Second, you’ll need to build out a network of other investors and operators that you can rely on for critical information. There are no shortcuts here, as there are no analysts covering a specific deal that you’re eyeing. The good news is you can learn the language and build out your network simultaneously.

Now, let’s look at what makes alternative investments so special.

 

Stability

 

When you invest in an alternative asset, you’re adding protection against the random volatility seen on the stock market. Alternative investments, by definition, are assets that are not traded on the stock market. This makes the private market for alternative assets pretty much illiquid, which creates low volatility in the secondary market.

 

Yield

 

The second major advantage of alternative investments is the ability to generate a higher yield. While this is not true across the entire alternative investment spectrum, there are many investment options that create yields that are significantly higher than traditional assets. You might be thinking, “But, wait, there are high-yield options traded on Wall Street as well, like REITS, MLPs etc.!” That is true. However, the instability of those yields during market downturns is frightening. One only needs to look back to March 2020 to see scores of examples of dividend cuts and suspensions as well as equity declines totaling more than years of yield distributions all erased in one month. I am a firm believer that volatility is the archenemy of yield—at least yield that can let you sleep at night.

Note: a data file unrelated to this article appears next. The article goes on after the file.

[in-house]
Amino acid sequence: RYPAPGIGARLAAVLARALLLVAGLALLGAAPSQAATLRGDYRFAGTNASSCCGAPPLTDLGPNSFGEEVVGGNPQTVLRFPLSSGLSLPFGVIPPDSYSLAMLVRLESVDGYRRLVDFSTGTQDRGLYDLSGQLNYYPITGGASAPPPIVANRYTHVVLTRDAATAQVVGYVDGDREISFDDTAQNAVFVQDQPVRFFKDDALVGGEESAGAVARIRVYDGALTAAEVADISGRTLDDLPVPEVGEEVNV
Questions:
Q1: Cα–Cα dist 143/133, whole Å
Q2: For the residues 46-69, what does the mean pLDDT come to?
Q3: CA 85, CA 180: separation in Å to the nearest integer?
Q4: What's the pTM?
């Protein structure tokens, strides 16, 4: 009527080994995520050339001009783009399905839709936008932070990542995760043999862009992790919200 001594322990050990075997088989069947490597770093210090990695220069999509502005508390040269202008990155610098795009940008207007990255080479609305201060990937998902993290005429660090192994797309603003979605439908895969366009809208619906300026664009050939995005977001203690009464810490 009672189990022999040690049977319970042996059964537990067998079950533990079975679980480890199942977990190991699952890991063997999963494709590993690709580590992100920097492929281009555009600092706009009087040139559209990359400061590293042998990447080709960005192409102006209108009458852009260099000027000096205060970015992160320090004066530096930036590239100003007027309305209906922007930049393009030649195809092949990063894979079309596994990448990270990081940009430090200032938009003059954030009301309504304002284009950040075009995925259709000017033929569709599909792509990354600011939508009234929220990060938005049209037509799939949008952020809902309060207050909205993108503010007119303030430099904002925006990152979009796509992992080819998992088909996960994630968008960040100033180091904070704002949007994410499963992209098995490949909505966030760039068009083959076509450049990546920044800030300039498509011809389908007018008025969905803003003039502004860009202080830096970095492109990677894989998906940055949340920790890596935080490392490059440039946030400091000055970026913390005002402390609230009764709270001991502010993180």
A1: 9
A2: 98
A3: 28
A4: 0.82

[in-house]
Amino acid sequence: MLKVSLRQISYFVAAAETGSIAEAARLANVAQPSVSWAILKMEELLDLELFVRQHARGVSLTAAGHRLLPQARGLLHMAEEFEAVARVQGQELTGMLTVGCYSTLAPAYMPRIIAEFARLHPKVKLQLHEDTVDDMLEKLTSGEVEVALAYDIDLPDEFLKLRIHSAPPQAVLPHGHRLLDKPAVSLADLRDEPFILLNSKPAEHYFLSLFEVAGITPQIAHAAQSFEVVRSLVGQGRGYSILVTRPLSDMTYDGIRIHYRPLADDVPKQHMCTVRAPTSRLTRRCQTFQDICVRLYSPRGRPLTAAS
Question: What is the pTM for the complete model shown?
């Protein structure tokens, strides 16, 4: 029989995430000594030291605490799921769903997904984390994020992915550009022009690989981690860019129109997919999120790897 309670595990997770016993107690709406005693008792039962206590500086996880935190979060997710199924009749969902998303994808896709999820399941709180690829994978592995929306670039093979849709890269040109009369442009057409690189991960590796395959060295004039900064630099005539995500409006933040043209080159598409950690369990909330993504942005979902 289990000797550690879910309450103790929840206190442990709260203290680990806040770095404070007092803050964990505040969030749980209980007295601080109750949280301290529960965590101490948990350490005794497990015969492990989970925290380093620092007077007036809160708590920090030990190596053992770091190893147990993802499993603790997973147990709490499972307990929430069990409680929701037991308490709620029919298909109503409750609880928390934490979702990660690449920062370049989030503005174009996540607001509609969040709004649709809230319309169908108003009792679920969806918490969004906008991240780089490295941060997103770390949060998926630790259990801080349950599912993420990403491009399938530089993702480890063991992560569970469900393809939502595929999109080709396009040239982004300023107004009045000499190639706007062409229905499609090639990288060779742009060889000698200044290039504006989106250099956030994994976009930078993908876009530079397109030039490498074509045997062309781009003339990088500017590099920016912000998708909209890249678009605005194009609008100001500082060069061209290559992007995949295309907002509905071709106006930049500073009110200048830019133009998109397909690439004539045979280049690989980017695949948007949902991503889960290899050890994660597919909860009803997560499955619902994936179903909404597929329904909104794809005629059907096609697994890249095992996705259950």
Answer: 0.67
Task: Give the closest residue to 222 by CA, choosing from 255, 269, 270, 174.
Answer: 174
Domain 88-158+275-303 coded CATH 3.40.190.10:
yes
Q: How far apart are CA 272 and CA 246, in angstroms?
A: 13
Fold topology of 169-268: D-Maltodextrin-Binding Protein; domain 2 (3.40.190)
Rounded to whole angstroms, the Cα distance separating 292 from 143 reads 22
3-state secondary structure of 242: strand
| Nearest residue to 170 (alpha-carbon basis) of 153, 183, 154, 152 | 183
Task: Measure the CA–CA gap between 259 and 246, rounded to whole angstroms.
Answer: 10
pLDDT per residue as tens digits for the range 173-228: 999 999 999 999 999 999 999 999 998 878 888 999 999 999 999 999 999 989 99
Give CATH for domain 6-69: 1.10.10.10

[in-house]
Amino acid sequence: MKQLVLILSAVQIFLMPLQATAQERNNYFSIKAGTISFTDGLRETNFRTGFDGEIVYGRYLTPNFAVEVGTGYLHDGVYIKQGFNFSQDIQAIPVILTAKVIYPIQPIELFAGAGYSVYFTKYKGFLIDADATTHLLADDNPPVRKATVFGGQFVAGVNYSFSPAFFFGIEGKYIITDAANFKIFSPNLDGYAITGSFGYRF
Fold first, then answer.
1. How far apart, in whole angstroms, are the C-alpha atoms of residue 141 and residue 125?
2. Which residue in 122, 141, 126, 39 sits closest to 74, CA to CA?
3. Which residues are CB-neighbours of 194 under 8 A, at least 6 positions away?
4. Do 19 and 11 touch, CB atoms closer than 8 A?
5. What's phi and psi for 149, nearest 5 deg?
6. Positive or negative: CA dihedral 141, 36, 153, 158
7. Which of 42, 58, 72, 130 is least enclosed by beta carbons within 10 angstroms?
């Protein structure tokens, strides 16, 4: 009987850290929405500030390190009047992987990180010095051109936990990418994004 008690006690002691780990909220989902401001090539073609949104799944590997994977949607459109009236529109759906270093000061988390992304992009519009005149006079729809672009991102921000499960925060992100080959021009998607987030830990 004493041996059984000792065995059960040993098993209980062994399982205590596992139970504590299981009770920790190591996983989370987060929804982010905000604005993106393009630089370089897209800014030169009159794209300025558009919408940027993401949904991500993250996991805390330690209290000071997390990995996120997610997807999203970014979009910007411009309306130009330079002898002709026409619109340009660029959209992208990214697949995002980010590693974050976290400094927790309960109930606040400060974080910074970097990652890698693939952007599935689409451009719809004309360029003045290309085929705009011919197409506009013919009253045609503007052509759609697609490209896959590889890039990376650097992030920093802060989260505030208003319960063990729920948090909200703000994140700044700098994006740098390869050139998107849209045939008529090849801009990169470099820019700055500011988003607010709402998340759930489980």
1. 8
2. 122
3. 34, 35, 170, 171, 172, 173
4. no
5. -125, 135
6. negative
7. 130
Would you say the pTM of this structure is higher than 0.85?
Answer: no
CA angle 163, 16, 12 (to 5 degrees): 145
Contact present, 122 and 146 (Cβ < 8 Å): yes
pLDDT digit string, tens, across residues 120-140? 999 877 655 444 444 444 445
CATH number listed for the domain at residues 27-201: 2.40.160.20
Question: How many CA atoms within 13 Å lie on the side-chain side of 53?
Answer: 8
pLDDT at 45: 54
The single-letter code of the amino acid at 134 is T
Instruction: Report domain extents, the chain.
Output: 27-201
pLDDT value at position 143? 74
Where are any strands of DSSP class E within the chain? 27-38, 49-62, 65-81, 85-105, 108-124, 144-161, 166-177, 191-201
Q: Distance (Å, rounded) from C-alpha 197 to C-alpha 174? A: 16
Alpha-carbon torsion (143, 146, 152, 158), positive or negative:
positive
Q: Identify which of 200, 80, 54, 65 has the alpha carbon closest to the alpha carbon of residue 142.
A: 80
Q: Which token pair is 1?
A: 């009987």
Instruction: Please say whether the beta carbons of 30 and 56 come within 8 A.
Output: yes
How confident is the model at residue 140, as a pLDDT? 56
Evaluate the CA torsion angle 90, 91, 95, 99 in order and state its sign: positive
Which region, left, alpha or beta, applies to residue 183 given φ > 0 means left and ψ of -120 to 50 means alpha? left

In March 2020 in the alternative world, this was not the case. While there was some sense of uncertainty, the lack of liquidity allowed cooler heads to prevail, and (for the most part) the distributions continued.

 

A Final Note

 

A huge “Eureka moment” occurred to me when I stopped looking for the perfect strategy.

Instead, by asking myself these questions about my portfolio: Is it too risky? Does it need to be more diversified? Does it provide enough appreciation? Is it too complicated? Does it provide enough cash flow? I learned what I was looking for was already there since I already invested in both traditional and alternative assets. I just needed to create a better balance among them within my own portfolio.

There are so many options out there, and none can be definitively deemed the “best” option, but one thing is certain: Traditional and alternative investments complement each other far more than diehard proponents of either side would like to acknowledge.

 

If you liked this article and wish to continue on your path in learning about alternative investments, please make sure to check out my other educational articles as well as my book, The Alternative Investment Almanac: Expert Insights on Building Personal Wealth in Non-Traditional Ways

Disclaimer: The information presented in this article is for informational purposes only and does not constitute professional financial or investment advice. The author does not make any guarantees or promises as to the results that may be obtained from it. You should never make any investment decision without first consulting with your own financial advisor and conducting your own research and due diligence. Even though, the author has made reasonable efforts to ensure that the contents of this article were correct at press time. The author disclaims all liability in the event that any information, commentary, analysis, opinions, advice and/or recommendations contained in this article results in any investment or other losses. Your use of the information in this article is at your own risk.